What is Kudzu you say? Its an amazing plant. So amazing that some say its an alien species. The Japanese love it, but it grows normal in Japan. In the American South its a predator.
- It grows more than 7 feet (more than 2 meters) meters a week. Almost nothing stops it.
- It takes 10 to 15 years to control a Kudzu patch – even with chemicals. Effective herbicides (such as napalm and agent orange) often destroy the soil. Of 12 known herbicides, 10 have no effect, and 2 make it grow better.
- Its covers more than 2.8 million square km of the American South. If it were not for winter, there would only be 40 American states. Patches often are 6+ miles (10+ kilometers) long.
- Its even been called “The vegetable form of cancer”.
Really, what is it?
Kudzu (Pueraria lobata) was brought to the United States in 1876 for a Japanese Exposition in Philadelphia, and basically “escaped”. In Japan it generally grows like a normal plant, however the American South is a perfect climate for it. Introducing Kudzu was like introducing a match to gasoline, and the results can now be easily seen.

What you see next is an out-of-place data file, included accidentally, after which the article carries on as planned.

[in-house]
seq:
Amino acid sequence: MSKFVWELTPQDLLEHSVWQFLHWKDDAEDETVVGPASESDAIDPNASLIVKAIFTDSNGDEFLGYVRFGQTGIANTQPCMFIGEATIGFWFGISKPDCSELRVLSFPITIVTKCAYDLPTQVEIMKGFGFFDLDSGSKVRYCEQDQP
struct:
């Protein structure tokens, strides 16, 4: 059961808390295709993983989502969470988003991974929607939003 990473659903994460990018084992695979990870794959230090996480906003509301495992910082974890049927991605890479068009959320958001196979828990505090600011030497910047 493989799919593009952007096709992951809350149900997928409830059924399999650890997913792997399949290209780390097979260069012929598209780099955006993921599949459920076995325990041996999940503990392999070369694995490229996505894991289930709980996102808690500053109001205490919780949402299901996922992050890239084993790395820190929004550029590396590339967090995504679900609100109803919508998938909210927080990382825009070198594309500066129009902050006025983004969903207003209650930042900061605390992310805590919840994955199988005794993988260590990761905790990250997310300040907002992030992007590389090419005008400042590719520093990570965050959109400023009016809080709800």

If you really want to laugh at reality, check out some of the kudzu pages below. These are some of the best links to kudzu that I have found.
Where can I get Kudzu and other such questions
I have collected answers to these and other questions in the Kudzu FAQ.
- Amazing Story of Kudzu – Love It, Or Hate It… It Grows On You!
- Gardening tips from down south – How to grow Kudzu
- Kudzu the Vine – Lost of pictures!
- The Kudzu Conspiracy (PDF)
- How fast can you run? (PDF) – A realistic, but comical point of view
- Hungry sheep may solve FL kudzu menace – (PDF) CNN/Reuters news story.
- Santa Rosa outlaws Kudzu! (PDF, See Page 3)
- Alien Plant Working Group (PDF)
- Books – Books about Kudzu
- Blythewood Kudzu Festival – If you can beat it, join it!
- Kudzu Kingdom – A place to buy Kudzu products
- The Kudzu File (PDF)
About the PDF files
Many of kudzu sites were taken down or moved. In these cases I have attempted to find the new links and keep them current. In others, they were too valuable to lose, so I have made archives available as PDF files. If you cannot view PDF’s, please download the free reader.